One area of the mall with lower ceilings.

  

Court area between the main entrance wing, Sears wing and Belk (former White's) to the left.

 

Mall map showing a once boring, rather small mall nearly doubled with the Dillard's wing.

In all, Columbiana Centre is a reasonably attractive mall.  However, a few things stand out to me.  First, why is the most successful mall in the city only on one level?  In fact, both of the city's multi-level malls are failing.  Second, while the design is quite original it heavily emphasizes the stucco, which makes the mall feel cheap.  However, all that stucco looks to be very well maintained.  I did not see any mildew or deterioration on it.  On the inside, the design is quite original and I like the fact it has a very clear old Spanish theme to it.  It does look, however, like the mall may have been stripped down at some point.  I seem to remember fountains and palm trees which simply are not in it today.  I do not much like the name, though.  I would have preferred Harbison Mall, but of course it is not mine to comment on.  Obviously Columbians approve, because the mall was swamped on my visit. 

 

JCPenney looks a little odd.  This had previously operated as Parisian and before that was the mall's original Belk store.

  

 

Here, I am approaching Dillard's then capturing more detail of the Dillard's mall entrance.  It is pretty straightforward, and it is the only Dillard's in the city that actually opened as Dillard's.  The outside is a clone of all the others from that period.

  

The Belk entrance is something special.  It was the second to last J.B. White ever built.  Belk took over when White's was bought out by Dillard's.

 

Sears mall entrance is actually pretty unique.  The tiled design was thankfully abandoned here.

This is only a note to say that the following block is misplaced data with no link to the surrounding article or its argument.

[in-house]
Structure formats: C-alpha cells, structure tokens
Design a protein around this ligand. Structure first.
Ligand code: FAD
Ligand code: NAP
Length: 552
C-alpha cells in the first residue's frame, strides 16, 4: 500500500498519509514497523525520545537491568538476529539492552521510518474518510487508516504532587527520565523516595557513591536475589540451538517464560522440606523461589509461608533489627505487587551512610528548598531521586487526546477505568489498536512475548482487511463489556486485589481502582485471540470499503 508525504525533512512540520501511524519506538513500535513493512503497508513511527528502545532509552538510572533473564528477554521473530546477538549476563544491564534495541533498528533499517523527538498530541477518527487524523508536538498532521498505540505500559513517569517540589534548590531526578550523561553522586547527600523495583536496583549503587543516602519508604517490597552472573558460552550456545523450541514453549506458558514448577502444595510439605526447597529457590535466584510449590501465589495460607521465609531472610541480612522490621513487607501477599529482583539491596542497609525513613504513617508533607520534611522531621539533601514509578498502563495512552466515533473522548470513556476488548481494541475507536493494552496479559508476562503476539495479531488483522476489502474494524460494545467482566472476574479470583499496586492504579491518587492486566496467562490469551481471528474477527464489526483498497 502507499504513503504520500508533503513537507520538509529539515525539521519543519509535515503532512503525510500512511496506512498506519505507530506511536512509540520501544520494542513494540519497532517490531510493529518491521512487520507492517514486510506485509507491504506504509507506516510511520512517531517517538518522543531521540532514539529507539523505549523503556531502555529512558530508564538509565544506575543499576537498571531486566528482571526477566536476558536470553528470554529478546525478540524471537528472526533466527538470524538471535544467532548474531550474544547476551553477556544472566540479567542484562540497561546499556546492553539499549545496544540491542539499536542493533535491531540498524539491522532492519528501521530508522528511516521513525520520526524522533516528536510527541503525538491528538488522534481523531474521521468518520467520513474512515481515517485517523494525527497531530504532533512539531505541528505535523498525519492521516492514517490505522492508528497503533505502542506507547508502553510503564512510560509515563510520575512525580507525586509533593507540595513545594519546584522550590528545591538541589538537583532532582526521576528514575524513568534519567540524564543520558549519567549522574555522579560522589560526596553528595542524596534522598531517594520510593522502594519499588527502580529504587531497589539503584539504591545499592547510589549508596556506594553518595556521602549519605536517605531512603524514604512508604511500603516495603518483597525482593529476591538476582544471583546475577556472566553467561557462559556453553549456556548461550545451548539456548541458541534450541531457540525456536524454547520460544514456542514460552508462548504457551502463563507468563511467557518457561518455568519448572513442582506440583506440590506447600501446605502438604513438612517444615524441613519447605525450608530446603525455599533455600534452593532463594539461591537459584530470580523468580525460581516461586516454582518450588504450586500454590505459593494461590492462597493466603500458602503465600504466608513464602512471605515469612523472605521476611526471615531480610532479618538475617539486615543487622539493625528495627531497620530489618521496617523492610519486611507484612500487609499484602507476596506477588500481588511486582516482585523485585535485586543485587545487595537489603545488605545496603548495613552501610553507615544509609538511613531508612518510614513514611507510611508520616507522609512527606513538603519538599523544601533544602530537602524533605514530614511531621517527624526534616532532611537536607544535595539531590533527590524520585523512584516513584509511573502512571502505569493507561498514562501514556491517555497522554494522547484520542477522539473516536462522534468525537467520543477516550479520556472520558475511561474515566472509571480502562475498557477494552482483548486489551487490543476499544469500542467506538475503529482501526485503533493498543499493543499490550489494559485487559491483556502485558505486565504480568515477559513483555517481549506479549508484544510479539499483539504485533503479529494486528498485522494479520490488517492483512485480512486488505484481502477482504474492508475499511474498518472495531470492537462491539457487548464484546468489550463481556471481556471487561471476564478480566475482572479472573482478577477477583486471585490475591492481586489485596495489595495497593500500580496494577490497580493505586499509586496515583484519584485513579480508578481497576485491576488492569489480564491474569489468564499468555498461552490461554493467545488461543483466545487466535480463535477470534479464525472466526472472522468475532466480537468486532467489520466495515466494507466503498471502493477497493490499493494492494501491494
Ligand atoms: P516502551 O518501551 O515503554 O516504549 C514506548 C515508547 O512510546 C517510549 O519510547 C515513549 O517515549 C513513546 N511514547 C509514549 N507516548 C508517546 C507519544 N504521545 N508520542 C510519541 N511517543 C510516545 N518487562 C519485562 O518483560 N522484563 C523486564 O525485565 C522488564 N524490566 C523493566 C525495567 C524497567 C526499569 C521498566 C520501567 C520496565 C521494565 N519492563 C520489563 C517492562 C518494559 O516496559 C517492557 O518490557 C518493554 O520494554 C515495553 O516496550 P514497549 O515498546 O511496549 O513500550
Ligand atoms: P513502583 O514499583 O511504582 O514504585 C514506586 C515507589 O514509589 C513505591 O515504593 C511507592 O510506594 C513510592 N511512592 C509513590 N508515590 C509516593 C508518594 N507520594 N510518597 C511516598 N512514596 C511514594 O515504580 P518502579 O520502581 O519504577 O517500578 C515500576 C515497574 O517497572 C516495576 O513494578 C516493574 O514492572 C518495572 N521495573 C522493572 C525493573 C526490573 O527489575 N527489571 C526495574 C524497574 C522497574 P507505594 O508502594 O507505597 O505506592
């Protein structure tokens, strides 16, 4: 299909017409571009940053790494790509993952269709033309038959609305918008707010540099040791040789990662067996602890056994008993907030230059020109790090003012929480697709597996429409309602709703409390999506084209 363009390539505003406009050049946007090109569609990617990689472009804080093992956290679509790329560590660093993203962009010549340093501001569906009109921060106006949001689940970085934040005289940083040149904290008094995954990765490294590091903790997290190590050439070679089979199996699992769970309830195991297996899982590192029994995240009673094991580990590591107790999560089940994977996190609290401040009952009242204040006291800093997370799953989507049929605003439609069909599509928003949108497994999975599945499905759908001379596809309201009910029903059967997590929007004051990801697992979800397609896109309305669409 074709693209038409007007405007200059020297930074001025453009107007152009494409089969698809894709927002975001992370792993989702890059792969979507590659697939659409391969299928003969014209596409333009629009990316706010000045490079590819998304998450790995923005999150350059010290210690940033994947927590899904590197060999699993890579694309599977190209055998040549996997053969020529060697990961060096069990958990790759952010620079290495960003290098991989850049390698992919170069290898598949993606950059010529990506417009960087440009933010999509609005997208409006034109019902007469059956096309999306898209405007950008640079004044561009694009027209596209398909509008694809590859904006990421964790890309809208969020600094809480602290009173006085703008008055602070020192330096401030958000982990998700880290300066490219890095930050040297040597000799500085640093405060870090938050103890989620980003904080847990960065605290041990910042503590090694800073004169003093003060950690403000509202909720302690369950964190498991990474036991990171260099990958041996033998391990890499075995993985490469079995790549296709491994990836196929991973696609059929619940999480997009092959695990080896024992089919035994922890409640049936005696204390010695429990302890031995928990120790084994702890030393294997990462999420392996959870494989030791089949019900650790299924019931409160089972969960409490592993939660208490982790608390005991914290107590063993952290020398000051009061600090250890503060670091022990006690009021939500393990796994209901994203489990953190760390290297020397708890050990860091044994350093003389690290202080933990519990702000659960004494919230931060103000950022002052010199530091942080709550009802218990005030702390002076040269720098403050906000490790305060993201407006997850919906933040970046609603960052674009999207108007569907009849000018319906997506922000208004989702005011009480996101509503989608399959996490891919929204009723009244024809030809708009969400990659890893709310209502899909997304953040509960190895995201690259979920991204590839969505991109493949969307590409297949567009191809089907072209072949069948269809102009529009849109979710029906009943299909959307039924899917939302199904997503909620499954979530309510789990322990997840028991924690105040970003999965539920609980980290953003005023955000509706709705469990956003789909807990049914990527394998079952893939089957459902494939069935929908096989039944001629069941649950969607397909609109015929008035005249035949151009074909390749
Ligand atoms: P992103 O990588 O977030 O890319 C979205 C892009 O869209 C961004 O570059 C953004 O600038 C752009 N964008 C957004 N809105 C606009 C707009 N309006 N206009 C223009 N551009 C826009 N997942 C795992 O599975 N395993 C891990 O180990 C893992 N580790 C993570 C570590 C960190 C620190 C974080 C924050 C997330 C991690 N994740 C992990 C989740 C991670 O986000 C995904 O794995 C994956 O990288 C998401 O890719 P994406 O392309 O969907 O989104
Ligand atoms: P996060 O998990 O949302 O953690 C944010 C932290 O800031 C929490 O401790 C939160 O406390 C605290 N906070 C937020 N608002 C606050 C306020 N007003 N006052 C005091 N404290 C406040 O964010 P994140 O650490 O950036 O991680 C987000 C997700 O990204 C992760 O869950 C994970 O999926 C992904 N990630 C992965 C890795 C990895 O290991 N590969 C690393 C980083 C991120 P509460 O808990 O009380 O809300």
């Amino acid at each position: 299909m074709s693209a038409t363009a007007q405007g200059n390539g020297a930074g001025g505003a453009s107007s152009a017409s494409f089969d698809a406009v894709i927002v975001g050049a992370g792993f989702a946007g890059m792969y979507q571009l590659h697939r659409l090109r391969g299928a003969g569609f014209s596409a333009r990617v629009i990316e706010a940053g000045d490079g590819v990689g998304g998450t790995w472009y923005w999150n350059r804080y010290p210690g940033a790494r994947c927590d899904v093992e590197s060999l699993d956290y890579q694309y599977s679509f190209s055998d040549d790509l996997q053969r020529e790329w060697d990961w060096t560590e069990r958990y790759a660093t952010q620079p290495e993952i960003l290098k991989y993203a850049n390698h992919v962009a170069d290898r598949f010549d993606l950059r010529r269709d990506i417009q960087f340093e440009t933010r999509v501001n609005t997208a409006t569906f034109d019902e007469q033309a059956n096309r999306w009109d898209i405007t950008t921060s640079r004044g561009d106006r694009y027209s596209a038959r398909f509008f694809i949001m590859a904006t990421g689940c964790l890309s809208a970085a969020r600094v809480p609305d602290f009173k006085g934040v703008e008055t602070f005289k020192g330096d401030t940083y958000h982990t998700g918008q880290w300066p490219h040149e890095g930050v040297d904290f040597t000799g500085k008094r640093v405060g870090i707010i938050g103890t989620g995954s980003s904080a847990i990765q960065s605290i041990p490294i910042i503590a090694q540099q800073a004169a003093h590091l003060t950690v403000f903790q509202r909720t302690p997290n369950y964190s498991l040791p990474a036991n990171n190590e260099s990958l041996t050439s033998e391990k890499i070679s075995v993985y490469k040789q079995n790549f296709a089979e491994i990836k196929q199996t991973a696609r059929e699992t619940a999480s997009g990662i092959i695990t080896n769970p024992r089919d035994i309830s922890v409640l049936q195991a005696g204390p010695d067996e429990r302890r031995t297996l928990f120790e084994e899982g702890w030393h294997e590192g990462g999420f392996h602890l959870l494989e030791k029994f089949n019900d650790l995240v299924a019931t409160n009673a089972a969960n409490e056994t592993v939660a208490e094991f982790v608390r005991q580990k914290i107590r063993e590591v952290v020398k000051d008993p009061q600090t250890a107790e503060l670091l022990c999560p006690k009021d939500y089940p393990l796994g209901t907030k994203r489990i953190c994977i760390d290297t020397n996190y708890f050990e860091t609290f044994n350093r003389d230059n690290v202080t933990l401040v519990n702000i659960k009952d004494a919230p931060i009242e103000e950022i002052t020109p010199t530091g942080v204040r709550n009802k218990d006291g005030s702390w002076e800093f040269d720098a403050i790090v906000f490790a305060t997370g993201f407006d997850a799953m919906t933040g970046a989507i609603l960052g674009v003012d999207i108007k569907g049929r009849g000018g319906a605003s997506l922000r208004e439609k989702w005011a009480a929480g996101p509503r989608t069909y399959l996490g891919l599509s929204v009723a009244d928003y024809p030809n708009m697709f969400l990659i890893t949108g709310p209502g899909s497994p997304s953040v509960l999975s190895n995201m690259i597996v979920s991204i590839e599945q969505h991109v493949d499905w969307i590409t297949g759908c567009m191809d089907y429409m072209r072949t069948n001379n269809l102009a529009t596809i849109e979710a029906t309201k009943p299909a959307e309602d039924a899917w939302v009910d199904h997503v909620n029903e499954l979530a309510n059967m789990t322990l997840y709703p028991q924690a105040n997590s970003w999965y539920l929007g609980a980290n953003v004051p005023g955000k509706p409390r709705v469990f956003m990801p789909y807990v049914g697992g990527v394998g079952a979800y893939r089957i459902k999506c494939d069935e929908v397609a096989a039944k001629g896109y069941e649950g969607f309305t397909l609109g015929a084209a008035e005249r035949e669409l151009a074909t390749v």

Older part of mall approaching empty anchor pad.  Why did they leave this anchor pad empty while building on for Dillard's?

The Harbison Community was already a major area of new development long before the mall was completed.  However, prior to the construction of the mall the development was entirely residential including many new subdivisions and apartments.  Regardless, the mall was part of the master plan in one of the earliest less recognized examples of huge new planned cities similar to Columbia, MD and Peachtree City, GA.  In fact, Harbison itself spans two cities and two counties.  Like those developments, it was commenced in the 1970's and completed much more recently.  The completion of the mall resulted in an explosion of retail near the mall, but covenants have resulted in this development largely restrained to Harbison Blvd.  Such careful planning may be a significant factor in why Irmo stays a popular area for younger and more affluent residential growth and why Columbiana Mall has emerged the leading shopping center in the region.

 

  

The mall's original two anchors fully employ the faux Spanish architecture even though JCPenney originally opened as Belk.

 

Belk, formerly J.B. White, is the showiest anchor.  The glass cylinder definitely is a design standout.  It's hardly Spanish-themed, however.

16 comments:

  1. I like the design of this mall. The basic layout is nothing to write home about, but the Spanish Colonial theme was ahead of its time, and probably looked really good with the original trees and fountains. The anchors look really good, too, Belk especially, though the exterior detailing on Sears is a little odd looking.

    Belk's mall entrance looks like it took over part of the corridor leading to a former exterior mall entrance. The effect is unique, as it blends seamlessly into the mall proper.

    The original Belk became Parisian in 1995, when the Belk store group based in Columbia sold out to Dillard's.

    I think if Macy's hadn't filed for bankruptcy around the time this mall was built, they would have taken the empty anchor pad near JCPenney. They could still do it if they pull the plug on the Columbia Place store, but it'd be middle market department store overkill at Columbiana if they did.

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  2. Yes, this White's store is a great one. I find it fabulous.

    I know I've asked this before somewhere, but...I seem to remember the Proffitt's at Westgate in Spartanburg to have a similar design, although smaller. Maybe it's just the common windows in the middle theme. Any relation? Did White's originally have the store in SBurg?